IARC Confirms Efficacy of Cervix Cancer Screening for Women 25-65 in Reducing Mortality
Cancer of the cervix uteri is the second most common cancer among women worldwide, with about 500,000 new patients women diagnosed and 250,000 deaths every year. Almost 80% of the cases occur in developing countries and in many regions, cervix cancer is the most common cancer in women.
IARC, a key player in cancer prevention around the world
"One of the key missions of the International Agency for Research on Cancer (IARC)", says Dr Peter Boyle, the recently appointed Director of the WHO cancer research Agency, "is to provide preventive tools and methods particularly to those countries that lack proper resources of their own." A Working Group of the IARC, chaired by Professor Nicholas Day of Cambridge, was convened in Lyon, France, from 20 to 27 April 2004, in order to evaluate the effectiveness of cervix cancer screening in reducing incidence of and mortality from the disease.
Organized cytology screening programmes are effective
The Working Group concluded that there is sufficient evidence that screening for cervical cancer by cytological examination of Pap smear cell samples does prevent death. The experts, however, emphasized that in order to achieve this goal optimally, an organized programme with quality control of every key step of the entire process is a prerequisite. In such circumstances, it was estimated that an 80% reduction in mortality can be achieved. Such a screening programme should cover women aged 25-65 years; women need not undergo screening more often than once every 3 years up to the age of 49 and every 5 years thereafter. The Working Group also concluded that advances such as improved handling of the cell samples and use of computers for cytological analysis could also reduce the incidence of invasive cervix cancer and death from the disease.
Cervical cancer is a rare outcome of human papilloma virus (HPV) infection, a common and mainly sexually transmitted infection, which accounts for over 95% of all cervix cancer cases. This infectious pathway opens new avenues for control by means of screening and vaccination. In this context, tests for the presence of viral DNA in a sample of epithelial cells have been established as a step toward identifying potentially precancerous conditions. The Group concluded that there is sufficient evidence that the human papilloma virus test can reduce mortality from cervix cancer. "Identification of the role of HPV in the aetiology and now the prevention of cervix cancer has been a major contribution of epidemiological and biological science to cancer control", said Dr Boyle. "However," he added, "much requires to be done to have an affordable, simple and reliable test available for widespread use around the world. This is the next major challenge in cervix cancer prevention."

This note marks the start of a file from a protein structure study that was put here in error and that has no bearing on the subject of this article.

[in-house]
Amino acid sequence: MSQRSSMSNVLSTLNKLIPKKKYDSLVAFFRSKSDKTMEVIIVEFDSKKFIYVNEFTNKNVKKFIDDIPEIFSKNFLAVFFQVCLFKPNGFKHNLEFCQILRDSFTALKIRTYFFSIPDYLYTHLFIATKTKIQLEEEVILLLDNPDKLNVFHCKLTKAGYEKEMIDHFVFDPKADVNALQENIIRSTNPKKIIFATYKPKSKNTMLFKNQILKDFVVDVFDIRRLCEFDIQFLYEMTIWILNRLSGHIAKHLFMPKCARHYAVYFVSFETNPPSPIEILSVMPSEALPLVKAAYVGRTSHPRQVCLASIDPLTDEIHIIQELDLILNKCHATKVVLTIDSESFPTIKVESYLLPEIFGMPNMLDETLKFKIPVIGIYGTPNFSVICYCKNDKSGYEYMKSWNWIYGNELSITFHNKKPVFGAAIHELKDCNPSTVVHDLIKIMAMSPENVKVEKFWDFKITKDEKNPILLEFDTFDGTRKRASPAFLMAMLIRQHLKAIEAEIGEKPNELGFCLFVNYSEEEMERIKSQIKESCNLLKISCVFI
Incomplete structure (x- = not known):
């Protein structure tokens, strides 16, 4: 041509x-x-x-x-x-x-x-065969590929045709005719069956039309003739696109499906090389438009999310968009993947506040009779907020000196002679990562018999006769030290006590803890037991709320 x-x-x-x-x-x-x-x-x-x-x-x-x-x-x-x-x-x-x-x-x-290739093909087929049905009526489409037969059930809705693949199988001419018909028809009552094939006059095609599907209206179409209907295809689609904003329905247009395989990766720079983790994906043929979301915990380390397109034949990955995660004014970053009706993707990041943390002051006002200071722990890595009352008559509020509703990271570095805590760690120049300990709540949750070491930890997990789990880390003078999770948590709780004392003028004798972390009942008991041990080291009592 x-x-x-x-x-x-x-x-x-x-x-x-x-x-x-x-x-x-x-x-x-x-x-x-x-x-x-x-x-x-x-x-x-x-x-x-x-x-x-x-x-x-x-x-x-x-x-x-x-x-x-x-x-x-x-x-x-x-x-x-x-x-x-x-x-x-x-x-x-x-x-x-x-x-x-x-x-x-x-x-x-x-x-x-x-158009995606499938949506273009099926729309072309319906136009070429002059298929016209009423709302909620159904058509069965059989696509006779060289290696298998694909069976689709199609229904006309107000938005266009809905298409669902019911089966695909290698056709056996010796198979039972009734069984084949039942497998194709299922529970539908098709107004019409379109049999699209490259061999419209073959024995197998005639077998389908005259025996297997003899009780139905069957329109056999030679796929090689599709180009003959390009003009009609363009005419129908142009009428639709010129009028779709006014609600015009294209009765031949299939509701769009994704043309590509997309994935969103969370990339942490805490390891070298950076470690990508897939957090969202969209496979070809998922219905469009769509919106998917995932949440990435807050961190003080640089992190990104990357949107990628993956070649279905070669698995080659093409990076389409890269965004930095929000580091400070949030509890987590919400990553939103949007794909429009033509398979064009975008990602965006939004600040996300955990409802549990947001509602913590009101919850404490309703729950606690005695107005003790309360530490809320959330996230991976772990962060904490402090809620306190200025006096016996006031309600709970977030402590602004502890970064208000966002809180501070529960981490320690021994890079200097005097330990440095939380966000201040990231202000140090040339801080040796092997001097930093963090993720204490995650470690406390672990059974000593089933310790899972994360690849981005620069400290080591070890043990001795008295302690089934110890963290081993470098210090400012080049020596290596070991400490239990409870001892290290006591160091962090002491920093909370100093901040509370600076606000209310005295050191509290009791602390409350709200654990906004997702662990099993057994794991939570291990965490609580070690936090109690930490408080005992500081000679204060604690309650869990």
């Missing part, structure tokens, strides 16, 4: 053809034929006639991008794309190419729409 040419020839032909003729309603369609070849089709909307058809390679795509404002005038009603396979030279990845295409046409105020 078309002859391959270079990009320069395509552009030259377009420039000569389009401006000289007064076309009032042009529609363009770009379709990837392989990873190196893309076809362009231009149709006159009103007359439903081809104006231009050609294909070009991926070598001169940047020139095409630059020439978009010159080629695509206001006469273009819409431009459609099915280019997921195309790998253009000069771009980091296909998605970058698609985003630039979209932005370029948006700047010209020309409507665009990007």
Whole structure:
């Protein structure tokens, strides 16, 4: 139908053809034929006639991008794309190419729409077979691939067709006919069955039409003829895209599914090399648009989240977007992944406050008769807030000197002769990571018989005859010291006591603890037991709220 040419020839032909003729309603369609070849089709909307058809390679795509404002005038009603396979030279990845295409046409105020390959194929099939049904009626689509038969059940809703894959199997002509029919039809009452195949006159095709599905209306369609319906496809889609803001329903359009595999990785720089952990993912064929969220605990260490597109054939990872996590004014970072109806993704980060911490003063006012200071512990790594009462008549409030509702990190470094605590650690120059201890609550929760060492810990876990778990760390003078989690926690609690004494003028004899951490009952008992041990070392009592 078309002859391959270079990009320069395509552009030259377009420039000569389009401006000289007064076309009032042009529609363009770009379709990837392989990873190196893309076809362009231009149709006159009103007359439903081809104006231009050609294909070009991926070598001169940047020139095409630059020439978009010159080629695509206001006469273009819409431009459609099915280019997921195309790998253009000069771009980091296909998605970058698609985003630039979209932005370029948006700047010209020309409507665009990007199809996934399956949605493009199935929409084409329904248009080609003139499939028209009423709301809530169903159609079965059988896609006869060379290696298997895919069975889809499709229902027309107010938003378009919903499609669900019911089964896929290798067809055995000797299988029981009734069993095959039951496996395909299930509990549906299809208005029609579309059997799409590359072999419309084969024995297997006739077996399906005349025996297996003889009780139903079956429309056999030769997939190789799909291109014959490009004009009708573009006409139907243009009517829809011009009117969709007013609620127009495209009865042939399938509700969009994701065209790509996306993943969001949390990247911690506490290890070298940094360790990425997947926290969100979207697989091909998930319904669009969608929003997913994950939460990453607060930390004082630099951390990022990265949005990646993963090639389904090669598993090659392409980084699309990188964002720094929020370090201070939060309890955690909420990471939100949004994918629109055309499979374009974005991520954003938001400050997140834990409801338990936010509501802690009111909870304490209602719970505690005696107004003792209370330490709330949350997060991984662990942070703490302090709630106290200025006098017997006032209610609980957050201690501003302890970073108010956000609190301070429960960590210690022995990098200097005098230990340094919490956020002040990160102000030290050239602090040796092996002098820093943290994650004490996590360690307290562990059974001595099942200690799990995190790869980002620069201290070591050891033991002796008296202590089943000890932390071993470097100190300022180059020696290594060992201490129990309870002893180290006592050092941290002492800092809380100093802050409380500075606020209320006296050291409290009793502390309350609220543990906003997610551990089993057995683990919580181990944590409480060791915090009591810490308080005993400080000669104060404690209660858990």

Screening in developing countries
Since most of the burden of cervix cancer rests on the developing world, experts look also into methods of control that can be applied in low-resource settings, yet with high efficacy, to reduce incidence of and mortality from the disease. Of course, if cytological screening can be implemented with good participation and quality control, this should be encouraged. Visual inspection of the cervix after application of acetic acid (VIA) or iodine (VILI) is of high promise in low-resource countries. At present its effects in reducing mortality from cervix cancer at the epidemiological level is still unclear, and the evidence for efficacy of this method was therefore regarded as limited. Large-scale population-based research projects are in progress, with the aim of validating this screening method for large-scale application.
Screening, a component of health policy
The Working Group identified several areas of research that will improve our understanding of screening modalities and their applicability as a component of a public health policy.
"The message for women in the developed world and of 25 to 65 years of age is that screening for cervix cancer is useful, it is safe, and it will remove most of their risk of dying from cervix cancer" said Dr Nicholas Day, Chairman of the Group. "Furthermore, it is not necessary to undergo the test more than once every 3 to 5 years." This is consistent with the European Code Against Cancer that reads "Women from 25 years of age should participate in cervical screening. This should be conducted within programmes with quality control procedures in compliance with European Guidelines for Quality Assurance in Cervical Screening" .(1)
In the developing world, few countries have the resources or infrastructure needed to use existing proven methods for screening. Within the next few years, evidence from on-going research will hopefully make low-cost, low-technology screening methods a valid option for use in these settings, pending the availability of HPV vaccines on an industrial scale.
World Health Organization
International Agency for Research on Cancer
Organisation mondiale de la Sant